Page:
Heart Shaped Box

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CrossFit Box Community

About a year-and-a-half ago, on the occasion of my 500th WOD at my affiliate, I wrote a post titled “Heart Shaped Box.” The essence of the post was that my journey in CrossFit is only possible because I wanted to come back. And that’s because of my trainers and friends who I’ve met and developed relationships with along the path.

Part of it was written to acknowledge that I had survived 500 workouts but I also wanted to address a question that was posed by some of my non-CrossFit friends: “Why do they call it a box?”

Until someone directly asked me, I had never pondered that question before. When I started training there, everyone called it a “box.” The online community called it a box. Therefore I just called it a box. That was it.

I began to realize that for me there was a deeper metaphoric and philosophical connection. Yes, physically, most affiliates are cube-like to some extent; they possess a box-type physical structure. But that does not distinguish them from the physical structure of most traditional gyms.

After taking some time to consider, I responded this way: “It doesn’t apply to everything in life, but a lot of times you put valuable things in a box. You store personal items that represent memories and other items you care about in a box. That’s what makes it important and special. I feel like my CrossFit family and experiences are the same as special things I would put in a box, so that’s where they’re located. I guess that’s why they call it a box.” This answer seemed to satisfy the asker, so I included it in the post about my 500th WOD.

The box, the trainers, people who become friends, the local community and the worldwide community are what makes CrossFit special. Even for an old, average grinder like me, these things are what I care about and are at the heart of why I have dragged myself out of bed before dawn, day after day, for the last three years. I pay them to make me sweat and suffer, and I love it.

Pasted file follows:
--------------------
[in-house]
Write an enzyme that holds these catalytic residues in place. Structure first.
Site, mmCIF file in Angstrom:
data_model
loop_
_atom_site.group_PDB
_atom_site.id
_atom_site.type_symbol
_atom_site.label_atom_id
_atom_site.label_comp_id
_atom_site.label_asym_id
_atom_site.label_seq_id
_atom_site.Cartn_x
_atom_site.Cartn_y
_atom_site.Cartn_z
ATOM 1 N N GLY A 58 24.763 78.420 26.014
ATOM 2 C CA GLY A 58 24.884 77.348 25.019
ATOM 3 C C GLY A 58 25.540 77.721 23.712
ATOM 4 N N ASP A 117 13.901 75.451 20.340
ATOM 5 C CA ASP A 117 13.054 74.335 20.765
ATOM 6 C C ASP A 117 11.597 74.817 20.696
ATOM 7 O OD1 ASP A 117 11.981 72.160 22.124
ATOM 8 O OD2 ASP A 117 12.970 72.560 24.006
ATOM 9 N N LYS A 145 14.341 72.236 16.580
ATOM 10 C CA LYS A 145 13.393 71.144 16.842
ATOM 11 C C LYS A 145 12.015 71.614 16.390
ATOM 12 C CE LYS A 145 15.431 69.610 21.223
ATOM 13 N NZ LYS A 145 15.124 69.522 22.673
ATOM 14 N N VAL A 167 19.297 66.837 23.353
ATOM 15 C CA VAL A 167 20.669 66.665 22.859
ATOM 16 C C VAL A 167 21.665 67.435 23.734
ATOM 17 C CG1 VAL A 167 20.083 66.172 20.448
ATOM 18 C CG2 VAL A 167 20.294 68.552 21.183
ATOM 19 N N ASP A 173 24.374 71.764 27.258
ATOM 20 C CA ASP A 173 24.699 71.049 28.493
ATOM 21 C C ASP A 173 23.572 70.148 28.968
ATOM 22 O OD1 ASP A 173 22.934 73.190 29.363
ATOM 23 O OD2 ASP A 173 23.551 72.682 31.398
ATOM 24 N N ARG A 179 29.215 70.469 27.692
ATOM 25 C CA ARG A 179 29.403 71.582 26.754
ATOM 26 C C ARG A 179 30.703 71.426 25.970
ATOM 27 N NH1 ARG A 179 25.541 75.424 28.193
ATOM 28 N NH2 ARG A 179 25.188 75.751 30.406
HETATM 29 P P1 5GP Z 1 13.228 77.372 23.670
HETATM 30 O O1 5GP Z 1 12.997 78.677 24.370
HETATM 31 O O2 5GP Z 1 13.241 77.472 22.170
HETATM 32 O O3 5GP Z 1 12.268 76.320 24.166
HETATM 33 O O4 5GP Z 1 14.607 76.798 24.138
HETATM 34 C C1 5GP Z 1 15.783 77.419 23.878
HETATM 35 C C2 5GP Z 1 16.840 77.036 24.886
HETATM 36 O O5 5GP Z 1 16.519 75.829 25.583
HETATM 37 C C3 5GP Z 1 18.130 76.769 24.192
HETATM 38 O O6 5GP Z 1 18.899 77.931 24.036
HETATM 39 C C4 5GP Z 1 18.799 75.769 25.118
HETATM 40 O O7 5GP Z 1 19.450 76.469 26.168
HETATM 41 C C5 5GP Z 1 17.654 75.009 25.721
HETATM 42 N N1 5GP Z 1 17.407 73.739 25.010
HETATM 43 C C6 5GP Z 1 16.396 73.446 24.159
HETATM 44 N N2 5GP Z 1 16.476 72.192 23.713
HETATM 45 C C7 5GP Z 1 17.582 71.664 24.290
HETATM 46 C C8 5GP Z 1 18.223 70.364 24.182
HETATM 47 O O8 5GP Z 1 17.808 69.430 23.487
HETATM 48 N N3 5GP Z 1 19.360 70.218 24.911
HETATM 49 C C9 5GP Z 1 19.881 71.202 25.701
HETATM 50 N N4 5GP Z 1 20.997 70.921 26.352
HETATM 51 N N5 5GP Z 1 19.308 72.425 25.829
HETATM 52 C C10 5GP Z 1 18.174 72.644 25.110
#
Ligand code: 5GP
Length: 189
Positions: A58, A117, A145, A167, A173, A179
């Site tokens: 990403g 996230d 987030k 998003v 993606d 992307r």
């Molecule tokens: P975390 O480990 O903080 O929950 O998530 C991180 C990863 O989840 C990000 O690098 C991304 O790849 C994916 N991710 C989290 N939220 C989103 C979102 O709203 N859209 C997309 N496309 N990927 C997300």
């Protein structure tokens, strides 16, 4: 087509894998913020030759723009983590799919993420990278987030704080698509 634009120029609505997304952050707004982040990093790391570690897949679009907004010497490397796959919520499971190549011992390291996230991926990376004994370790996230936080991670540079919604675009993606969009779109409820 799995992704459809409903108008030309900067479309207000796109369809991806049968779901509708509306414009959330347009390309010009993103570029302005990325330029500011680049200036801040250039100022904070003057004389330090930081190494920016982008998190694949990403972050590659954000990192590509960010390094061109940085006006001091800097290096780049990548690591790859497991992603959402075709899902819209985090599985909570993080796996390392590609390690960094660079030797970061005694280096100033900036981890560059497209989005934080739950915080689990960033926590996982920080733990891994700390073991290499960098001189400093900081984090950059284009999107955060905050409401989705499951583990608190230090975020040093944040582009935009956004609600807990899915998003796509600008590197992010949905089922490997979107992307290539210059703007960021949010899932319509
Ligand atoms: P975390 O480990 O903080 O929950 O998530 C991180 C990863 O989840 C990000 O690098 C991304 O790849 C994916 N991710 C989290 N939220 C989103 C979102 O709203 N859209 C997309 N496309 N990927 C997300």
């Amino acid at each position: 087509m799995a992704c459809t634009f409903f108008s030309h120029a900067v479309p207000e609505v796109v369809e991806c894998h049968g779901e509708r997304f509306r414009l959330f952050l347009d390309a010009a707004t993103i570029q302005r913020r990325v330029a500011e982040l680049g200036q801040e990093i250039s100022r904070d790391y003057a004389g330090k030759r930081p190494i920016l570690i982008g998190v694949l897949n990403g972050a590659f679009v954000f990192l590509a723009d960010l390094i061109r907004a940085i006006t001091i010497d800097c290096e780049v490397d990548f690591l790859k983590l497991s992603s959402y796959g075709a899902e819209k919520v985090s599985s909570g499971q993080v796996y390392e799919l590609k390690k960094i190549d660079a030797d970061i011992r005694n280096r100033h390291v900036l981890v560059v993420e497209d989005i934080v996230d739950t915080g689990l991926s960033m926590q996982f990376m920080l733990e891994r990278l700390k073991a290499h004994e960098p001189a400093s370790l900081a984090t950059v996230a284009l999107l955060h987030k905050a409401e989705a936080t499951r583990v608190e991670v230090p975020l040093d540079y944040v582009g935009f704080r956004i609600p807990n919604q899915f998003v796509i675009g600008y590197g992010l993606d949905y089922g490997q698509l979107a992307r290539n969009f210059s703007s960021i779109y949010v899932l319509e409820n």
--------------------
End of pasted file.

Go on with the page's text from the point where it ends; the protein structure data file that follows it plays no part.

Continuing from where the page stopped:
I’ve heard other CrossFitters talk about the bond that develops between CrossFit athletes who have shared a common experience after suffering (some would say grinding) through tough workouts together. I think that’s a big part of it, but it’s not the only thing.

Several years ago, I made a choice that changed my life. I was unhappy with how I was doing physically and diet-wise. I was ready to make a change. While watching a commercial about a set of exercise DVDs that were “guaranteed” to help me achieve all my fitness goals in just a few months, I almost picked up the phone to order it.

I had tried various DVD at-home workouts in the past and, despite my best intentions, had failed at all of them. There was something about coming home after work and having the choice of simply not pressing play that made them too easy for me to not follow through. Likewise, as a coach and teacher, I have unlimited access to our school’s gym and weight facility. They have all I could ever need to get into shape and reach my fitness goals. Yet year after year, I came up with excuses to not go in and train. I needed guidance and accountability.

Because of all these factors, I made the choice to skip the DVDs and try CrossFit with Trainer Brian. It was a life-changer. The workouts are great, and I am constantly challenged with new things, but it’s the personal connections that have made the biggest impact.

I have no idea the number of times I’ve been greeted with a hug or a handshake when I walked in the box. I don’t know exactly how many times someone has come over and offered me a hand to get up as I’m lying on my back, post-WOD, struggling to breathe and compose myself.

These are the things that make the box experience meaningful to me. You can’t get that from a DVD. Other gyms I’ve been a member of or trained at in the past didn’t know my name. They didn’t talk to me about how they did on the workout or ask me about my job or go out to breakfast with me after grinding out a chipper. But then, they were just “gyms” — places where one completes a robotic task before work. A chore list: Leg Day, Cardio Day, Back Day, Pec Day, Arm Day, etc. Tan-Gym-Laundry.

Not at my box. And, I’m willing to bet, not at yours either.

These are the experiences and the people I keep in my heart-shaped box. And this is why I love and thrive in this community.

What do your box and its members mean to you? Write me and tell me about it at jtolgrinder @ gmail.com.

Stay on the grind.
— JTol